Seen from outside, Enceladus appears to be like most of its sibling moons: cold, icy and inhospitable. But under that forbidding exterior may exist an ocean that is 10 km deep. We built a robot that will explore icy planets like Enceladus in the hope of finding signs of life in space.
What it does
Enceladus explores its environment and drills holes to take sample data.
How we built it
The 4 wheels: We used bottoms of coffee cups and we glued strips of foam onto the wheels to give them grip. We glued a motor to each of the wheels. The platform: We used a pizza box and popsicle sticks. The arm: We used a coffee cup, popsicle sticks, a motor to make the drill bit spin and a servo. We 3-D printed the drill bit. We included an ultrasound sensor to detect obstacles. We controlled the rover with an arduino.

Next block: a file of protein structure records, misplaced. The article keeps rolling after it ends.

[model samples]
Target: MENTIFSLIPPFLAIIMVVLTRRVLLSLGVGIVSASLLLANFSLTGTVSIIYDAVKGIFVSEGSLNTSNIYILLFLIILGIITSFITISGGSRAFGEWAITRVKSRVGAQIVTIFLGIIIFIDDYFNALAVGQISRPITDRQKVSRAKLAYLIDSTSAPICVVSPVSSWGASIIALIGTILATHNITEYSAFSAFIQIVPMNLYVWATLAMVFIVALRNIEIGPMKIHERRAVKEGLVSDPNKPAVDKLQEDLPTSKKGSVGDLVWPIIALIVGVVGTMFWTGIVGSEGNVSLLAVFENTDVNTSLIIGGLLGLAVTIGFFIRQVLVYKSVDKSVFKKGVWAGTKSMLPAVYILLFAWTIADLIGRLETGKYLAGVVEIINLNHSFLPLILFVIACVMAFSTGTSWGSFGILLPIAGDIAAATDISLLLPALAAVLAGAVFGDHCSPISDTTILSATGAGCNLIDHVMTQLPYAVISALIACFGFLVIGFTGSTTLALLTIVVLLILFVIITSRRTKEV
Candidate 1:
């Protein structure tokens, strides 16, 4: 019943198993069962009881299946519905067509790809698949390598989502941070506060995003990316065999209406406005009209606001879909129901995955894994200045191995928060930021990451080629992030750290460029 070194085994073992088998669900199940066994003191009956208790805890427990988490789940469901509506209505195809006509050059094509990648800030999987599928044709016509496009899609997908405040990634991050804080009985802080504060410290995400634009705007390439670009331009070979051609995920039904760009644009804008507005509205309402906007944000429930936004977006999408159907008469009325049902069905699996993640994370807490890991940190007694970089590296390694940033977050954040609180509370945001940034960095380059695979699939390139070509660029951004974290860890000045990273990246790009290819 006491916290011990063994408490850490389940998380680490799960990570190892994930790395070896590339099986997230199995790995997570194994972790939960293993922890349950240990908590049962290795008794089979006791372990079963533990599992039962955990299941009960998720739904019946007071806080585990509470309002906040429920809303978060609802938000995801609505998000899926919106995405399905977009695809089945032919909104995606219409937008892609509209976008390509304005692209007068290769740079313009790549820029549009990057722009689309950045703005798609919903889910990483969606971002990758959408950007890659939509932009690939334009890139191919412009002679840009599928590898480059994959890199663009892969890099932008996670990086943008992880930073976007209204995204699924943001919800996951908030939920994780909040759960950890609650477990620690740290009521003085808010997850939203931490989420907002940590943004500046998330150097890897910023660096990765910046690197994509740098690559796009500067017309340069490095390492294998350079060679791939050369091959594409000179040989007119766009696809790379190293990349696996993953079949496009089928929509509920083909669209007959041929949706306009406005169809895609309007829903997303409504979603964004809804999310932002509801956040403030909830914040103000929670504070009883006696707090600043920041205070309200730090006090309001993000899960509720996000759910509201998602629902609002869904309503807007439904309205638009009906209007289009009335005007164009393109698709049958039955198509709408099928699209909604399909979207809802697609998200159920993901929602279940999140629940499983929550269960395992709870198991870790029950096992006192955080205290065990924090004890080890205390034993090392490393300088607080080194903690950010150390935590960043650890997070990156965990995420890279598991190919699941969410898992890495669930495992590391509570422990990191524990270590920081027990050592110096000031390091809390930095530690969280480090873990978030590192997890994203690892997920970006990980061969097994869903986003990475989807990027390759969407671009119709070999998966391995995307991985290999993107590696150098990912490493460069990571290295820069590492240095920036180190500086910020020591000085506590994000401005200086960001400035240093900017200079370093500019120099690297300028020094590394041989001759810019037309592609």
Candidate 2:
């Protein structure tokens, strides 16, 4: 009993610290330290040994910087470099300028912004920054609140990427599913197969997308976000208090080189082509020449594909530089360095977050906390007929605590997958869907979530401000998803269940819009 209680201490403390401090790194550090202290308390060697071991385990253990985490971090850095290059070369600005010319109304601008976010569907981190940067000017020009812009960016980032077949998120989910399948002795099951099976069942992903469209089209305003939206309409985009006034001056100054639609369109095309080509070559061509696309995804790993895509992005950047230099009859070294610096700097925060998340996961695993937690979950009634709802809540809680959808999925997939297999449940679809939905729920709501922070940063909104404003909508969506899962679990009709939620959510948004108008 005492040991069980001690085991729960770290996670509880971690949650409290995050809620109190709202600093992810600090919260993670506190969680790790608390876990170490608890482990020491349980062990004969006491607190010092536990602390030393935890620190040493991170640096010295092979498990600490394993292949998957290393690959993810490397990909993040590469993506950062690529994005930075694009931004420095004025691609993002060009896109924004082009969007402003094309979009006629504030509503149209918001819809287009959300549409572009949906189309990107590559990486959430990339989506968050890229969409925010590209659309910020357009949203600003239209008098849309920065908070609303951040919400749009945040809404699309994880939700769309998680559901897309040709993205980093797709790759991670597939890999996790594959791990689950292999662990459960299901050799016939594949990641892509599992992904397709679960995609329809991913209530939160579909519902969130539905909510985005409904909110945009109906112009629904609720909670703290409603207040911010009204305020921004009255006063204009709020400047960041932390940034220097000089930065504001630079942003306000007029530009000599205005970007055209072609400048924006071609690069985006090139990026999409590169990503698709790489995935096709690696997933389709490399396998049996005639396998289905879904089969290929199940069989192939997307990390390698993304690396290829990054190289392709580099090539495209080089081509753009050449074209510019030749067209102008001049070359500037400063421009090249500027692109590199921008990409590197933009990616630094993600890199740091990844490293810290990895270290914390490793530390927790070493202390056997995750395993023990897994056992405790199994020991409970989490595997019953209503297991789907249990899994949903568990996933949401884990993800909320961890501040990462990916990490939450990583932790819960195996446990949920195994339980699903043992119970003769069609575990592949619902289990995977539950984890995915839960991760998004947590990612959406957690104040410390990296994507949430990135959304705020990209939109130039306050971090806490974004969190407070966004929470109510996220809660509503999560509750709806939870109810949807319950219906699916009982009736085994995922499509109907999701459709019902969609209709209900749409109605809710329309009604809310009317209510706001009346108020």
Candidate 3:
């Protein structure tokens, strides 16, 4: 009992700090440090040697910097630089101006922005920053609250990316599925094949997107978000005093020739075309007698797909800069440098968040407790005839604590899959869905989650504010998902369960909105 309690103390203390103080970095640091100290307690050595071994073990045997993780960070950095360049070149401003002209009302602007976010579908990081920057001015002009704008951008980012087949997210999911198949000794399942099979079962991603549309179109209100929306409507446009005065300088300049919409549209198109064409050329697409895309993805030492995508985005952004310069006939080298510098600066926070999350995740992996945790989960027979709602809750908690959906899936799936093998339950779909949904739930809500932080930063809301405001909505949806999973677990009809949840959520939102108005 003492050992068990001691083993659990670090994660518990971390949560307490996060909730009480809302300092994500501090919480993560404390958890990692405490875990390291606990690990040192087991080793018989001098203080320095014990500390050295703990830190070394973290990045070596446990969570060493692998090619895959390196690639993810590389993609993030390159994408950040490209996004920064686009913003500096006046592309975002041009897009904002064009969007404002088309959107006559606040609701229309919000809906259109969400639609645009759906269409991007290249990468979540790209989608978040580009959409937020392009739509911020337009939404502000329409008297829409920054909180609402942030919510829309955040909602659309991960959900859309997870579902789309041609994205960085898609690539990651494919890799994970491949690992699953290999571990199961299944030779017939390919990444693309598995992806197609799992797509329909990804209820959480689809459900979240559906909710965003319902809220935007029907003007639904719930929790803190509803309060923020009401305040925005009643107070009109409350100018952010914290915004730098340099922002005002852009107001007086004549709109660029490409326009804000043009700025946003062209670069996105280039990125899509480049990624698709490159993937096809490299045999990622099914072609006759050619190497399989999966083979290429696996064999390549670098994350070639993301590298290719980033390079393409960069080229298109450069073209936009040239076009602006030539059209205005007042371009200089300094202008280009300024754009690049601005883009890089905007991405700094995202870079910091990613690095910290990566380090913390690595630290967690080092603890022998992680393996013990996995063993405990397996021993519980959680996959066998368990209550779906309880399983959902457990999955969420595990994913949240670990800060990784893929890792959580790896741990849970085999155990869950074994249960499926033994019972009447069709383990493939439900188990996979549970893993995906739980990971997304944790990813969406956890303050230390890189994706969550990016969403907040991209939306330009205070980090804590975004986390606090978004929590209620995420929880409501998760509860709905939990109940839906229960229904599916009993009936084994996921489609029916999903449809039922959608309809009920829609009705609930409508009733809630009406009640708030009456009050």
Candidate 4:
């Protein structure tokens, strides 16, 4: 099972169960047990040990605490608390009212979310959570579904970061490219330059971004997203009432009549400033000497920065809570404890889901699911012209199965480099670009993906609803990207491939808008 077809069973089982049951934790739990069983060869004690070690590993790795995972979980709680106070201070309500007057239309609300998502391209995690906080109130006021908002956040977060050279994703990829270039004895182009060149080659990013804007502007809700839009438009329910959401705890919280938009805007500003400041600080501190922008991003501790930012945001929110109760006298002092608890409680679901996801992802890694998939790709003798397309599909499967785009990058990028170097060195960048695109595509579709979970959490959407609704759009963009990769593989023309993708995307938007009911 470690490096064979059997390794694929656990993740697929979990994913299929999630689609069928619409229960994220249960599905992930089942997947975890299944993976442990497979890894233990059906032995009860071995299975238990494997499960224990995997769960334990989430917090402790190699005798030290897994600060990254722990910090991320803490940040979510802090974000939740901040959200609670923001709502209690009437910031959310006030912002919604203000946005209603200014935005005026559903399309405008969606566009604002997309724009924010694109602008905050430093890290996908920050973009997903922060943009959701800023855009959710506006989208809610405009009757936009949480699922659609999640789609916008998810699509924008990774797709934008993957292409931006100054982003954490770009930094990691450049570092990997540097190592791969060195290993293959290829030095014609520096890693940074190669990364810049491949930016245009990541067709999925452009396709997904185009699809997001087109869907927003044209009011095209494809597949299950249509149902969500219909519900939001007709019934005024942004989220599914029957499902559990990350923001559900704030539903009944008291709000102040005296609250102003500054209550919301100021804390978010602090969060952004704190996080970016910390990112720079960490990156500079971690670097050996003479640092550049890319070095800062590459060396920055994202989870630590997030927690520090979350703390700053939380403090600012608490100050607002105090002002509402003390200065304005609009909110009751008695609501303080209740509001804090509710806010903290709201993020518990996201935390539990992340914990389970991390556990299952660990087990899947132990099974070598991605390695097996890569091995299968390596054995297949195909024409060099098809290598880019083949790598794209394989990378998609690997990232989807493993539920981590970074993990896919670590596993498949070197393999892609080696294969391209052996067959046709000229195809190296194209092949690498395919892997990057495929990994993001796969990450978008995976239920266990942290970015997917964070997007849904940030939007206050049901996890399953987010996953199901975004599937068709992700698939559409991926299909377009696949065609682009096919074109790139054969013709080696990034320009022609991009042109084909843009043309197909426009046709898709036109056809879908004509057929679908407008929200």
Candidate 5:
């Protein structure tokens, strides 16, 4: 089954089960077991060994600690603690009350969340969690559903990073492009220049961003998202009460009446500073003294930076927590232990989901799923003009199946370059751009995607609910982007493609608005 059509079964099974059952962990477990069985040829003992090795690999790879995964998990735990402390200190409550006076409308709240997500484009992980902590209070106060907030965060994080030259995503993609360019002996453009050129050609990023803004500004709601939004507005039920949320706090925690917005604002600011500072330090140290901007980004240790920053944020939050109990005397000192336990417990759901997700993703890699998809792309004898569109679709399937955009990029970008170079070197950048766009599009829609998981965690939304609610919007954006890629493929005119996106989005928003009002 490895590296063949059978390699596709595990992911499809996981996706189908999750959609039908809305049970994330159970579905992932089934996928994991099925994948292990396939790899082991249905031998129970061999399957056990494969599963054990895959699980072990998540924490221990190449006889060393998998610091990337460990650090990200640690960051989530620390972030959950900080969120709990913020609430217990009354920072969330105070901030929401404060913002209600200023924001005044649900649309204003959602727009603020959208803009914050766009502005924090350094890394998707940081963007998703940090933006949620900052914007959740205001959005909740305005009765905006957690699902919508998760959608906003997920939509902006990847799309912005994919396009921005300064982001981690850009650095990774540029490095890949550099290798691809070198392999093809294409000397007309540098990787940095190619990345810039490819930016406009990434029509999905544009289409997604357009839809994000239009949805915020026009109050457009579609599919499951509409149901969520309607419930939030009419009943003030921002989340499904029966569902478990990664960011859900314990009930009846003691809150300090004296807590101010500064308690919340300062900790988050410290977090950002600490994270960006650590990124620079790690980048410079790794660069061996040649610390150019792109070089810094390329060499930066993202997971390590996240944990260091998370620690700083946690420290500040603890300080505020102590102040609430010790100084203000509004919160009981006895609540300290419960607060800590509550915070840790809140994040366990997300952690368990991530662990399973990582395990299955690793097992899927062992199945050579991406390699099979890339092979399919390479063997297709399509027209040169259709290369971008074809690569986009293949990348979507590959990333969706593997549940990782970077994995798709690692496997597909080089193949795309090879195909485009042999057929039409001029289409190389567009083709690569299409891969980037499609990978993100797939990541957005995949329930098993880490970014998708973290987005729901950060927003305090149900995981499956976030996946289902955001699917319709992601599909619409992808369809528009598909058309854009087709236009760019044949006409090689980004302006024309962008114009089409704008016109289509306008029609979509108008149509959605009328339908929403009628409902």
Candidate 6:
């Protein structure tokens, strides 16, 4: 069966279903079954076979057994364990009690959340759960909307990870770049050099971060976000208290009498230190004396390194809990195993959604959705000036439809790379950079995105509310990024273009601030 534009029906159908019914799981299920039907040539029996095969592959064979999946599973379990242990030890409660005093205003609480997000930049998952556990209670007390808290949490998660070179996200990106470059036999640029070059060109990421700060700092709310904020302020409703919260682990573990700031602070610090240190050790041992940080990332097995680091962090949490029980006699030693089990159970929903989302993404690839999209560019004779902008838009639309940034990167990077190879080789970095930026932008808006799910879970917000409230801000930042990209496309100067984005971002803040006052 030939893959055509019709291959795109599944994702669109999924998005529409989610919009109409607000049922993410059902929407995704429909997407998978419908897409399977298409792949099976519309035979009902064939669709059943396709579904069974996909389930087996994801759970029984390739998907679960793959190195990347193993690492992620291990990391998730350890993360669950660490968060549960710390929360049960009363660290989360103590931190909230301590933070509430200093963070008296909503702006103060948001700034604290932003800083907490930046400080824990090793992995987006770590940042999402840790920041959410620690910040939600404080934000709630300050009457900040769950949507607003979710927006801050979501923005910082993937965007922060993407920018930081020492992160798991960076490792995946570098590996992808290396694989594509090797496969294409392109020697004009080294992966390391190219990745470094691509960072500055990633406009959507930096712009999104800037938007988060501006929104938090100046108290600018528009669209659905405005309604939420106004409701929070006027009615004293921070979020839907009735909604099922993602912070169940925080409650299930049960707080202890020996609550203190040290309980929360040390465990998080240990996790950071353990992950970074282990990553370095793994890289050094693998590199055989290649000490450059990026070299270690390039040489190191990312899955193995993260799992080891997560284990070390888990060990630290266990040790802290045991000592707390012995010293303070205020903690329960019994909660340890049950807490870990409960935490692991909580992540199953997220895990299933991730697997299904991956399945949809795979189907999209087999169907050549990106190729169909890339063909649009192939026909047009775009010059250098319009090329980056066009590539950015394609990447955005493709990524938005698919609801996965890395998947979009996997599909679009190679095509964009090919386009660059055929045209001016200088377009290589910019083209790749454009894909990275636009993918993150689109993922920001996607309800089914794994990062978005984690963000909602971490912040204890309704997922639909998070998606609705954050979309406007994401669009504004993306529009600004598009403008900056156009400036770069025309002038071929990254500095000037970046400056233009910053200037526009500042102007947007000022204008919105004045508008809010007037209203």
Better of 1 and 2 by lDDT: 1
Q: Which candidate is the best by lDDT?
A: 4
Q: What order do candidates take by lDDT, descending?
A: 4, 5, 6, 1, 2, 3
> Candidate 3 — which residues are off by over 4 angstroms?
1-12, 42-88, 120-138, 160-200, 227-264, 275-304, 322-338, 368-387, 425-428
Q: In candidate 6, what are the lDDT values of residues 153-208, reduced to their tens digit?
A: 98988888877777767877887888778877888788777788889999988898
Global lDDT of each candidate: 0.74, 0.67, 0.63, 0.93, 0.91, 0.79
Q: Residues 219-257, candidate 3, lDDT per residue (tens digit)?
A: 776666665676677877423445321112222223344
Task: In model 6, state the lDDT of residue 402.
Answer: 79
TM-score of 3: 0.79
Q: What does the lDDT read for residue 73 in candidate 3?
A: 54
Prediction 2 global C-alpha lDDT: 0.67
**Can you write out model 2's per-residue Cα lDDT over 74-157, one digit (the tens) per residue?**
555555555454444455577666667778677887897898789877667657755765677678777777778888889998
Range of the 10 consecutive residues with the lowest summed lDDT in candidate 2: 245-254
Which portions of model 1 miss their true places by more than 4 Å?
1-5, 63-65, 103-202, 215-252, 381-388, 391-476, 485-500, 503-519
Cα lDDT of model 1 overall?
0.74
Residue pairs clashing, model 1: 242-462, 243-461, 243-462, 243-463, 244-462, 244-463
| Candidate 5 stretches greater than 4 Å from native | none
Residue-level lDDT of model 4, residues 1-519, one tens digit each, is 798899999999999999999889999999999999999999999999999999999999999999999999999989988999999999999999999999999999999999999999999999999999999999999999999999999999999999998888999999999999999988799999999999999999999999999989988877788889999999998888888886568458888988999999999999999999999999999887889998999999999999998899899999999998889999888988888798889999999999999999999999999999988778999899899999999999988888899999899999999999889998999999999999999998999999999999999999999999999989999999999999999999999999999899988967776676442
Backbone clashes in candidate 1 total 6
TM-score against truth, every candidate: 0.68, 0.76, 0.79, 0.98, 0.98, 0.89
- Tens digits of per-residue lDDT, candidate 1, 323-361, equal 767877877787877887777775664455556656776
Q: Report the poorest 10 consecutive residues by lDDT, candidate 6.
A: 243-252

Challenges we ran into
1) Some motors failed to work 2) Had to adapt the design because of limited resources 3) Source of power 4) Time - we wanted to connect the arduino to a raspberry pi with ROS but we ran out of time. One of our team members learned about ROS and downloaded it on a raspberry pi. Some team members wrote a python script to make the arduino and the raspberry pi communicate. The idea was to collect data from an ultrasound sensor, write it to a file using a python script and use that file with ROS.
We built a working rover that can go forward and drill holes. The drill bit spins and the arm goes up and down using a mechanism similar to an oil rig with 180 degrees of rotation.
What we learned
Some of our team members learned how to use an arduino and a raspberry pi. We all learned how to communicate effectively with people we've just met.
What's next for Enceladus
Right now, Enceladus can drill holes. The next step would be to modify the rover so that it can take ice cores and collect them to analyze them later on.